Seminar


As most of you know the Glacier-Howser project was put on pause by the Environmental Assessment Office last year. AXOR has been collecting data and information over the past year and is expected to resubmit their application in the coming months. This means Glacier and Howser creeks are still at risk. In one week, on Tuesday June 1, the EcoSociety, in partnership with the Wilderness Committee will be hosting a ‘Rivers at Risk’ event entitled ‘Saving Kootenays Rivers from a Power Gold Rush’. Speakers include Rex Wyler, co-founder of Greenpeace and spokesperson from B.C. Citizens for Public Power, Gwen Barlee and Joe Foy from the Western Canada Wilderness Committee, Gary Diers, an organic farmer who lives near Glacier and Howser Creeks, and myself, as the EcoSociety representative. Together the speakers will cover the big picture of power and sustainability, the recent history of power development in B.C. including the impacts of the Clean Energy Act which was released in April, a look at power in the Kootenay region, including an update on Glacier-Howser, and how residents can respond effectively to projects that put Kootenay rivers at risk. The event is set up so each speaker will present for about 10-15 minutes, some with films or slide shows, and the event will follow with a panel. I know I don’t need to highlight to you the significance of the discussion around IPPs and run-of-river projects in the Kootenays. However, this is a critical time for the future of energy development in the West Kootenays, and this event will work to keep the public informed and updated. If you can make it: Tuesday June 1 at 7 pm at Capitol Theatre (241 Victoria, Nelson) Admission is by donation to cover the event costs. Raelynn Gibson Climate and Conservation Coordinator West Kootenay EcoSociety 250-354-1909 Speakers Bios Rex Weyler, Communications and Research Support, BC Citizens for Public Power Rex Weyler is a passionate advocate for the protection of B.C.’s wilderness, wildlife, and public power. He is a co-founder of Greenpeace International and author of nine books, including Greenpeace: The Inside Story. In 2005, he received a Social Justice Award from the Urban Environmental Policy Center in Los Angeles recognizing his lifetime achievements. Gwen Barlee, Policy Director, Wilderness Committee Gwen Barlee’s diverse education and experience includes social work, film production, and web development, and she is a past executive team member of the Victoria chapter of the Council of Canadians. For the last several years she has focused on protecting B.C.’s rivers from private power development. Joe Foy, Campaign Director, Wilderness Committee Joe Foy has been the driving force behind many of the Wilderness Committee’s campaigns to successfully protect spectacular areas, including the Elaho Valley, Boise/Pinecone-Burke, and the Stein, Carmanah and Lower Walbran Valleys. His passion for the wild shines through in his speeches. Gary Diers, Organic farmer, Argenta Gary has lived in Argenta for over 30 years. He is an avid hiker and photographer of the spectacular wild areas of the Kootenays. He lives near Glacier and Howser Creeks and has been active in the campaign to protect them since the beginning. He has been active in the environmental movement and is incredibly familiar with the wilderness of the Kootenays.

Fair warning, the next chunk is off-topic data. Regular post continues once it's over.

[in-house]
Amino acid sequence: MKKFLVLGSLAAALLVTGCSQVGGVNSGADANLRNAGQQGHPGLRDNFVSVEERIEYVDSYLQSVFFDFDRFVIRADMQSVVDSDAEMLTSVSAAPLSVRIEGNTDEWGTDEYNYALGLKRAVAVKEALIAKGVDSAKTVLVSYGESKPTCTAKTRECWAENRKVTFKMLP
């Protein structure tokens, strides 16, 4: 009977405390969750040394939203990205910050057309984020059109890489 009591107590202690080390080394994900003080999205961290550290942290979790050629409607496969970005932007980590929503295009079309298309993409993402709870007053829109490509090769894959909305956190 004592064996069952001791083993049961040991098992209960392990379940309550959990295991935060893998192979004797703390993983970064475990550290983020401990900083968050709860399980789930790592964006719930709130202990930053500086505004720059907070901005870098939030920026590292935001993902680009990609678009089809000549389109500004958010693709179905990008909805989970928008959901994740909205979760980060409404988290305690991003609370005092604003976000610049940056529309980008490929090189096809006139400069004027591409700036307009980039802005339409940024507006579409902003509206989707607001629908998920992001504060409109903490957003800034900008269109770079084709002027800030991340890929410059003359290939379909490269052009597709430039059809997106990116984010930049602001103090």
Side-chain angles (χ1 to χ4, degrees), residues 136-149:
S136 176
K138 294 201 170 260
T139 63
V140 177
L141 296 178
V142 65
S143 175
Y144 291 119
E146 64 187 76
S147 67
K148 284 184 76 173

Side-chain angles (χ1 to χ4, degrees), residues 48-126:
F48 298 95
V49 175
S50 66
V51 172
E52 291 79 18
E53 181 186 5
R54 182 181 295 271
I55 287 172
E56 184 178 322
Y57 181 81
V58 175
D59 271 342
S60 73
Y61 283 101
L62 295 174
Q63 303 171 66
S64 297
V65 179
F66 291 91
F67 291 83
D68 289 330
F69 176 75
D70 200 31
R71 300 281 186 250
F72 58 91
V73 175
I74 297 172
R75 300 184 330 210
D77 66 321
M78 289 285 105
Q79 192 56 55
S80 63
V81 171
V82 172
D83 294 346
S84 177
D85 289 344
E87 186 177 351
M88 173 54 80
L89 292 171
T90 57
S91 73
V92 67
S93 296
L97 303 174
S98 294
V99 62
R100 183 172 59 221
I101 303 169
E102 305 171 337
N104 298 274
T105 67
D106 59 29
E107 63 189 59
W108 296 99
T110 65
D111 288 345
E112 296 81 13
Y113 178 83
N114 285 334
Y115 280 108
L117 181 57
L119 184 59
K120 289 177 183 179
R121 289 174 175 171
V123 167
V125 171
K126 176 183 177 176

The one hour public lecture is now available on youtube: Part 1 Part 2 Part 3 Part 4 Part 5 Part 6 University of Victoria, October 29th 2009. Part of the BC Creek Protection Society’s lecture series on environment and energy. For good reasons, climate change dominates the current headlines and presents itself as a difficult problem to solve within the framework of growth-based economies. Without a larger vision, governments have long prevaricated in taking action. Now, they seek solutions through minor policy changes, supposedly renewable energy sources and futuristic technologies. Their goal is to fix the problem–and get back to business-as-usual. However, upon close examination this approach to climate change proves to be intrinsically unsustainable. Instead, governments are prone to an ever-growing global dependence on a consumptive economic machine that is running out of space and time. This economy is oblivious to its planetary context; resurrecting it is a dream of a world gone by, all the while forsaking an opportunity for re-invention that can easily slip away. Dr. M’Gonigle is the EcoResearch Professor in Environmental Law and Policy in the Faculty of Law at the University of Victoria, one of the founders of Greenpeace International, EcoJustice, Smart Growth BC, the Dogwood Initiative, and the POLIS Project on Ecological Governance at UVic. He has written extensively in the areas of resource and environmental law and policy, and has been developing a new field of green legal theory.